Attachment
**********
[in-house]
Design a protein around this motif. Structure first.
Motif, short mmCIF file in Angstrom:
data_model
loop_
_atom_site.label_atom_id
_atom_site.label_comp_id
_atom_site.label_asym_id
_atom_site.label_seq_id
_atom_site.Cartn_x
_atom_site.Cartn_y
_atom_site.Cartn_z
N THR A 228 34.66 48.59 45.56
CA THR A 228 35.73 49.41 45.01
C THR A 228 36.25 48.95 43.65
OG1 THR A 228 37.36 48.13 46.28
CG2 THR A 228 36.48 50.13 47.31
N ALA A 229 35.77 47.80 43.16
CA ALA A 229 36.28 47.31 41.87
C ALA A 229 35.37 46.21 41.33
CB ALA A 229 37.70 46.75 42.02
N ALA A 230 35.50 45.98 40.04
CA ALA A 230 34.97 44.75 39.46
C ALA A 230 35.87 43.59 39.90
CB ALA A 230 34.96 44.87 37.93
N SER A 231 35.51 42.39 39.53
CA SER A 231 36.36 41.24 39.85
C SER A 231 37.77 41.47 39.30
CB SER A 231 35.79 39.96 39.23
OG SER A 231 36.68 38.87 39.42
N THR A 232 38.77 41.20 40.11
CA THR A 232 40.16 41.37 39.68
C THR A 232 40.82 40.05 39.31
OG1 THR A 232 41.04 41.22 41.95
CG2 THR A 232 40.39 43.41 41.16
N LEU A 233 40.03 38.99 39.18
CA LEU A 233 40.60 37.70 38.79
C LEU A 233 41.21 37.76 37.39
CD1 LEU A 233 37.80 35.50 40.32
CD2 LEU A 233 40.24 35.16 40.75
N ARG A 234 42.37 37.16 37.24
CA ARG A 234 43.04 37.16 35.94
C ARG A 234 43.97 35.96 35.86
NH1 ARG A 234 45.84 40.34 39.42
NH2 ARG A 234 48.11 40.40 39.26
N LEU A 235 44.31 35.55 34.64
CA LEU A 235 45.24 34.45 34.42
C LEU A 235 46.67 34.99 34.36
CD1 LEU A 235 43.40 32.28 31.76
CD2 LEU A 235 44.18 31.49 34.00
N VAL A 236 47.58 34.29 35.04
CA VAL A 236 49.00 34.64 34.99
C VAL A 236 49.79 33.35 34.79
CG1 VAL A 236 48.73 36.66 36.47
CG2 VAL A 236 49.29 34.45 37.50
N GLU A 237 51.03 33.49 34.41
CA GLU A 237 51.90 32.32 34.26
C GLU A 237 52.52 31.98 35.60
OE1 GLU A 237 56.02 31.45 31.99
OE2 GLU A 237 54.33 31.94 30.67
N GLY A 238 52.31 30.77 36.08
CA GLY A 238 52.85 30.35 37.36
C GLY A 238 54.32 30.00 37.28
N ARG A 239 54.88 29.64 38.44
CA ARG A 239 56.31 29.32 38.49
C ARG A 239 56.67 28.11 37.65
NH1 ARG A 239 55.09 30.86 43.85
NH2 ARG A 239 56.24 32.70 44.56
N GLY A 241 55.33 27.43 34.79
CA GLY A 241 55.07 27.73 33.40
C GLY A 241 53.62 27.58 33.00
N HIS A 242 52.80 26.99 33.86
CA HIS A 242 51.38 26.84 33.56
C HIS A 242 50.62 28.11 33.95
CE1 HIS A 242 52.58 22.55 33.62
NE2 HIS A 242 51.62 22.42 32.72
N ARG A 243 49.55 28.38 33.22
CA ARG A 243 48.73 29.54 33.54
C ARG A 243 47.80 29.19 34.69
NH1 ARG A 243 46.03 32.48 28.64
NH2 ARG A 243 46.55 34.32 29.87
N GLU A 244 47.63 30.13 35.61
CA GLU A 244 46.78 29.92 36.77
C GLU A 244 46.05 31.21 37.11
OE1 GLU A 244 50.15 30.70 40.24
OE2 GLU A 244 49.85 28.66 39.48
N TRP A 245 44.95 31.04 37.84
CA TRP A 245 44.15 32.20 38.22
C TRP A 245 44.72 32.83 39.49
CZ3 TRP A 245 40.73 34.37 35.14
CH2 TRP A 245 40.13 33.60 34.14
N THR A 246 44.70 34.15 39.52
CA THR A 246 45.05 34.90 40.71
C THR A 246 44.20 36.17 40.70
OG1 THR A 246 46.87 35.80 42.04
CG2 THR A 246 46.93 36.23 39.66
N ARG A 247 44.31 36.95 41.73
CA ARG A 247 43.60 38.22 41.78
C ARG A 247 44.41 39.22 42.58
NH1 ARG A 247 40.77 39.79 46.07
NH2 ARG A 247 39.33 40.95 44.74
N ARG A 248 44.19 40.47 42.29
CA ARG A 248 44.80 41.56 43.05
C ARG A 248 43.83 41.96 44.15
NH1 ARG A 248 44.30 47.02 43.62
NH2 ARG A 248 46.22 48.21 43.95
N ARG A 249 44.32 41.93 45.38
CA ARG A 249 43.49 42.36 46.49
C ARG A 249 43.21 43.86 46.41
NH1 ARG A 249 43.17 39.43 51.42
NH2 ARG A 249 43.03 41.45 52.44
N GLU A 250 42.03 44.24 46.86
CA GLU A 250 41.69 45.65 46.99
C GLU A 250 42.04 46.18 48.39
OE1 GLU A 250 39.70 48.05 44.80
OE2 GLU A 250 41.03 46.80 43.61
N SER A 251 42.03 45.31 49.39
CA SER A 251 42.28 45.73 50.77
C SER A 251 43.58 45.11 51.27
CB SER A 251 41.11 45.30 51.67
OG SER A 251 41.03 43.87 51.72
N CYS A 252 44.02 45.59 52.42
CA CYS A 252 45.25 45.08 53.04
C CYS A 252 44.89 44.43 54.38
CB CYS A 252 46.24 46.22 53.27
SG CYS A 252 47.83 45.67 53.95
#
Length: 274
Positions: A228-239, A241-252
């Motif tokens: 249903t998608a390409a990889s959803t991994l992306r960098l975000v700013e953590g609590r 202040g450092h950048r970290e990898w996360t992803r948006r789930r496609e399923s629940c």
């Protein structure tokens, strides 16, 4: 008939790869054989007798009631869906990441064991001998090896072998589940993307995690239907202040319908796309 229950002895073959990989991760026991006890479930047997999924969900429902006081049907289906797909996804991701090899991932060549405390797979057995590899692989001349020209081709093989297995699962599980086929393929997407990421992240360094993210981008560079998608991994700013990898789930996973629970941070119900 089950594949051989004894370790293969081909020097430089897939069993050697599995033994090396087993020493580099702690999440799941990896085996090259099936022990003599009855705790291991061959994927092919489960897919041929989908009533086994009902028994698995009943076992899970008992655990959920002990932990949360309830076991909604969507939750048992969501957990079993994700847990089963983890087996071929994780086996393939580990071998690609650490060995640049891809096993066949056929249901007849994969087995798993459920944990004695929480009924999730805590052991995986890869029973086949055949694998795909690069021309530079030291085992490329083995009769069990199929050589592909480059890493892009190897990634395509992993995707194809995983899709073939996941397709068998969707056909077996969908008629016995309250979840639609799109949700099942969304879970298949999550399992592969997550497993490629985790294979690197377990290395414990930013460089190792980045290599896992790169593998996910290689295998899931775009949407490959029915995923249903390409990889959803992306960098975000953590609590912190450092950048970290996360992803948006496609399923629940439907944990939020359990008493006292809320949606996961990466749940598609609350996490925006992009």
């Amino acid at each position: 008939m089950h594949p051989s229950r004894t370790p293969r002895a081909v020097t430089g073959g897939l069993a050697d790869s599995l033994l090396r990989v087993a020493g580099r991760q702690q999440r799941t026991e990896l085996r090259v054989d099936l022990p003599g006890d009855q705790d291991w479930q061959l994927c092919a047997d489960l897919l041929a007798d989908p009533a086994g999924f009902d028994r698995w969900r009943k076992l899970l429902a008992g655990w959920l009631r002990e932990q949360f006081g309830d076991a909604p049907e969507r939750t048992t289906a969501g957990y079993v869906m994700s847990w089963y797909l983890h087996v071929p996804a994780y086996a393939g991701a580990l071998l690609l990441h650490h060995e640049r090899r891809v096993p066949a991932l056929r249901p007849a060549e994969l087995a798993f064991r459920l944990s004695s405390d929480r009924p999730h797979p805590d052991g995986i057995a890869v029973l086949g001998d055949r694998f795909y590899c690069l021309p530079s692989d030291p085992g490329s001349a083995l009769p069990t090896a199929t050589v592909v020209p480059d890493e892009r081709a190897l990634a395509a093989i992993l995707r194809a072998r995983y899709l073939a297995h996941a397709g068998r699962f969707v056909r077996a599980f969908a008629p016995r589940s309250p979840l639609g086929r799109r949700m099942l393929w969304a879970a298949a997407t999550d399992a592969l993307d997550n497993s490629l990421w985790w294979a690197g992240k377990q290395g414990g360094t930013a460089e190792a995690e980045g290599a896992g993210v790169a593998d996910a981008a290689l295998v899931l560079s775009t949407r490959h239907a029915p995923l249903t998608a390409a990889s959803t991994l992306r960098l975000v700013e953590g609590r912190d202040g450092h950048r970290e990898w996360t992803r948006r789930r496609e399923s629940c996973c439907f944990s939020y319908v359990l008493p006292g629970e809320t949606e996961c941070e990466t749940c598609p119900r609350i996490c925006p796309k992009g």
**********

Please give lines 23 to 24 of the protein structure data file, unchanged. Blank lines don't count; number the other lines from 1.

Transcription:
CA ALA A 230 34.97 44.75 39.46
C ALA A 230 35.87 43.59 39.90